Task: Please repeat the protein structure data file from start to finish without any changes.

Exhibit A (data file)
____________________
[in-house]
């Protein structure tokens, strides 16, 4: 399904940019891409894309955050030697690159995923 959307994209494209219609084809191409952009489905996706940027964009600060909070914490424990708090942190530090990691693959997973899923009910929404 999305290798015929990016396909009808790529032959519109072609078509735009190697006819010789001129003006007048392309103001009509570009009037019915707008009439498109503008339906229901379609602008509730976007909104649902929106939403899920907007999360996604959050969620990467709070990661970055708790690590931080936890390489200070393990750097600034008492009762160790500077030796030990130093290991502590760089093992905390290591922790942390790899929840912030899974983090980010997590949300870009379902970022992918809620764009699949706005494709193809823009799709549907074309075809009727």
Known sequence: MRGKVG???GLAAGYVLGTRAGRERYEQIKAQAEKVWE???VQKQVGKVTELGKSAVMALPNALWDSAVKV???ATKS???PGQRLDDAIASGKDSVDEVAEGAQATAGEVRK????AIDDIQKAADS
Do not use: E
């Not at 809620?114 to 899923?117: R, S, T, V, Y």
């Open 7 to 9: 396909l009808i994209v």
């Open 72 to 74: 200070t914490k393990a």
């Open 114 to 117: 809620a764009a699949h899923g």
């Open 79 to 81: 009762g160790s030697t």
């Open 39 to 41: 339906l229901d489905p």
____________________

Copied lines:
[in-house]
């Protein structure tokens, strides 16, 4: 399904940019891409894309955050030697690159995923 959307994209494209219609084809191409952009489905996706940027964009600060909070914490424990708090942190530090990691693959997973899923009910929404 999305290798015929990016396909009808790529032959519109072609078509735009190697006819010789001129003006007048392309103001009509570009009037019915707008009439498109503008339906229901379609602008509730976007909104649902929106939403899920907007999360996604959050969620990467709070990661970055708790690590931080936890390489200070393990750097600034008492009762160790500077030796030990130093290991502590760089093992905390290591922790942390790899929840912030899974983090980010997590949300870009379902970022992918809620764009699949706005494709193809823009799709549907074309075809009727």
Known sequence: MRGKVG???GLAAGYVLGTRAGRERYEQIKAQAEKVWE???VQKQVGKVTELGKSAVMALPNALWDSAVKV???ATKS???PGQRLDDAIASGKDSVDEVAEGAQATAGEVRK????AIDDIQKAADS
Do not use: E
């Not at 809620?114 to 899923?117: R, S, T, V, Y």
């Open 7 to 9: 396909l009808i994209v």
């Open 72 to 74: 200070t914490k393990a």
């Open 114 to 117: 809620a764009a699949h899923g």
């Open 79 to 81: 009762g160790s030697t």
């Open 39 to 41: 339906l229901d489905p």